According to Global Construction Review (GCR), less than a decade ago, Bole handled fewer than a million passengers a year, but that rose to 7 million in 2014. Passenger numbers are expected to continue increasing by 18 per cent a year.

    China Communication Construction Company is currently working on the $300m expansion to the airport, which started in September 2014. This will raise capacity to an estimated 20 million.

    Hailu Gebre-Mariam, Ethiopian Airports Enterprise project manager for the expansion, told Reuters: "We did not expect this growth to happen in eight years. That is why we are undertaking an expansion of the airport that will serve us for the next 15." 

    Plans are being made to build another international airport in Ethiopia, one that could serve 70 million a year, which is about equivalent to London Heathrow.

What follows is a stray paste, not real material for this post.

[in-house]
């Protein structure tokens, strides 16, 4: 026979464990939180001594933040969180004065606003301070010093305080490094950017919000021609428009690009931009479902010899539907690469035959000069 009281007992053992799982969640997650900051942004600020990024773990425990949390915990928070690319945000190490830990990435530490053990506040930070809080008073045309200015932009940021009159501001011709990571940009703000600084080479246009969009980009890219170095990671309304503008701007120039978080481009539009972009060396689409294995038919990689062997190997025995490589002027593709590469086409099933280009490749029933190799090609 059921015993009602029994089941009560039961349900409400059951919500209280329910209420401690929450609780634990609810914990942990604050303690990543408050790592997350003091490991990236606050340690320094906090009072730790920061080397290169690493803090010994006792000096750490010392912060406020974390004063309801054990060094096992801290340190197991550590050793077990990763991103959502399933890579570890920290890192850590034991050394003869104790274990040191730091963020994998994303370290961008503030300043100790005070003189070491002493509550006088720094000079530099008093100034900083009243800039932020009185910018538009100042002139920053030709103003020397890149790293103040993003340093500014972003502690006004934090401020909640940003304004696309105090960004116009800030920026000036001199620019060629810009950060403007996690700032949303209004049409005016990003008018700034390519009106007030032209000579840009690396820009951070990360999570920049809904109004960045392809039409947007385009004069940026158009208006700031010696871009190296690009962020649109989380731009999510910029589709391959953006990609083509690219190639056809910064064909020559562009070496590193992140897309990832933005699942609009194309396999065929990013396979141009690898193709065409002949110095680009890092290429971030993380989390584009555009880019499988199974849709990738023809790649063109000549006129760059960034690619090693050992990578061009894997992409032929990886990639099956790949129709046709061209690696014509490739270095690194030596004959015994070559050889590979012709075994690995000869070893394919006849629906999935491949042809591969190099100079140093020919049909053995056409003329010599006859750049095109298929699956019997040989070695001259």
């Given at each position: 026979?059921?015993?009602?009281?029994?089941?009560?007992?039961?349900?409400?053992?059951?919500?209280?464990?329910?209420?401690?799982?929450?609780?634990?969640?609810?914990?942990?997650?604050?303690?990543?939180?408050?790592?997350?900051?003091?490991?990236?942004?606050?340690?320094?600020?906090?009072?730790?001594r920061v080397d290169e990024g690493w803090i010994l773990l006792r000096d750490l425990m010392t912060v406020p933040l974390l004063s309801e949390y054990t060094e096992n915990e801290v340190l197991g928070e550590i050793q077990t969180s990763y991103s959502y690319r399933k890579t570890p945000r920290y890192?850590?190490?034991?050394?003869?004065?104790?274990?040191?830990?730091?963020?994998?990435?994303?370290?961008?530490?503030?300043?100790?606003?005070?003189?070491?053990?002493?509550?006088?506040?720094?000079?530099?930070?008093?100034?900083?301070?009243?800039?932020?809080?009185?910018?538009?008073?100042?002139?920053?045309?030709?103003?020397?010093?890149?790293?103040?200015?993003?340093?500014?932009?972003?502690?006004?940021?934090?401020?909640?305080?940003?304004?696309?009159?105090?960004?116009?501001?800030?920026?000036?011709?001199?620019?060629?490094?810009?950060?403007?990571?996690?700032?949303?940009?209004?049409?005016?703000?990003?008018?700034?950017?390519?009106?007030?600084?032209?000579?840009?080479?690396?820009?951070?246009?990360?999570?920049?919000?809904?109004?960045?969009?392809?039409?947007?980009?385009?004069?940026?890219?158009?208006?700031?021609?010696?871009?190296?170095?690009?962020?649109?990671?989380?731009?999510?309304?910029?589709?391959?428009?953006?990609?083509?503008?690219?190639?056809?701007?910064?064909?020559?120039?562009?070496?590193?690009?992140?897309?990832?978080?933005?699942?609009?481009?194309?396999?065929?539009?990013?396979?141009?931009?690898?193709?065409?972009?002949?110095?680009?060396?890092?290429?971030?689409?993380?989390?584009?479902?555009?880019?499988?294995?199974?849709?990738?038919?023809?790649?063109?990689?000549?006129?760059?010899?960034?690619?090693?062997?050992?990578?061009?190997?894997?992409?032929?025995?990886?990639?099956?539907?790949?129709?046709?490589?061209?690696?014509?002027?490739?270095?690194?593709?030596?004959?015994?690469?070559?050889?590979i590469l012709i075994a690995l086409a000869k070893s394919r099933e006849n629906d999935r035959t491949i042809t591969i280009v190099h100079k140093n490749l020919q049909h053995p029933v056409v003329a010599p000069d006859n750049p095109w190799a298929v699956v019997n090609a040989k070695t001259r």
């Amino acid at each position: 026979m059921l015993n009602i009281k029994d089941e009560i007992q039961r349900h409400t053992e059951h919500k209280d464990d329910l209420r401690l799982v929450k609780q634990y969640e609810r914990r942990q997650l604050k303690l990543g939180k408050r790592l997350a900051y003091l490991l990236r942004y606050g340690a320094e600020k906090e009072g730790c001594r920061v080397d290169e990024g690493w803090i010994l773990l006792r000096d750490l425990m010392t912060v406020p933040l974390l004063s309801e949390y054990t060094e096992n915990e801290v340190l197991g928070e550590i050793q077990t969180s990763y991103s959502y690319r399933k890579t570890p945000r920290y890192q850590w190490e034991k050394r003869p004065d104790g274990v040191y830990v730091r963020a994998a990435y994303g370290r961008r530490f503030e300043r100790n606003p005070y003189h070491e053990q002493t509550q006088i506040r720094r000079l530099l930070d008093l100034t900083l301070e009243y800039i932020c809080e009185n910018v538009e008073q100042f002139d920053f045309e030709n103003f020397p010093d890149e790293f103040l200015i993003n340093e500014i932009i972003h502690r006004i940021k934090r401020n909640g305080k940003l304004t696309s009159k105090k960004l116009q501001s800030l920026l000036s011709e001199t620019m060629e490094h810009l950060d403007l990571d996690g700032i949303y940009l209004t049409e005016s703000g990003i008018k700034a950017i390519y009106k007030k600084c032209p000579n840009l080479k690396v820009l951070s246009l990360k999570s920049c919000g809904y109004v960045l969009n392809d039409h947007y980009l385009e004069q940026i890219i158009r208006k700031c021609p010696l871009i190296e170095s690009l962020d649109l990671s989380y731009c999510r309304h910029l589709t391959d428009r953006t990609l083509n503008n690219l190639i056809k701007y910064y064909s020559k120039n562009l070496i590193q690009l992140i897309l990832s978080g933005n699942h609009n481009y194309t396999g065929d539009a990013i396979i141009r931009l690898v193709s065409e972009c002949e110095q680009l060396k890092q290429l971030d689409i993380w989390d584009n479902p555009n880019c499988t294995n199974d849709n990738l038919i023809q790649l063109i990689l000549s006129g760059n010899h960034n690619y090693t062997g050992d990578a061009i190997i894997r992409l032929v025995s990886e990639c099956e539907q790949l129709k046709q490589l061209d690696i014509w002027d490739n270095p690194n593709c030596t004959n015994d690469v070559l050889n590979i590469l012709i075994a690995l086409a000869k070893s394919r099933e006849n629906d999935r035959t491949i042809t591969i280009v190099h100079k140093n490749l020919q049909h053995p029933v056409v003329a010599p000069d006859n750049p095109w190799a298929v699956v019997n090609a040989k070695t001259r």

Gebre-Mariam said: "We have whittled down potential sites from eight to three, all of which are within 60 to 70-kms from Addis Ababa."

    Once the site is approved and designs and financing are confirmed a new airport might be built within eight years at an estimated cost of $2.5-3bln.

    Source: The Ethiopian Herald

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  • Ethiopian receives ATW’s award

    Ethiopian Airlines, the largest and the fastest growing airline in Africa, won the Best Regional Airline of the Year award among airlines of all regions in the world by Air Transport World (ATW) at the 41st annual Air Transport World Airline Industry Achievement Awards ceremony held in Washington DC on February 25. 

    The awards, which are among the most coveted in the aviation industry, were created in 1974 to recognize excellence in the sector with the vote of the most renowned journalists of the industry.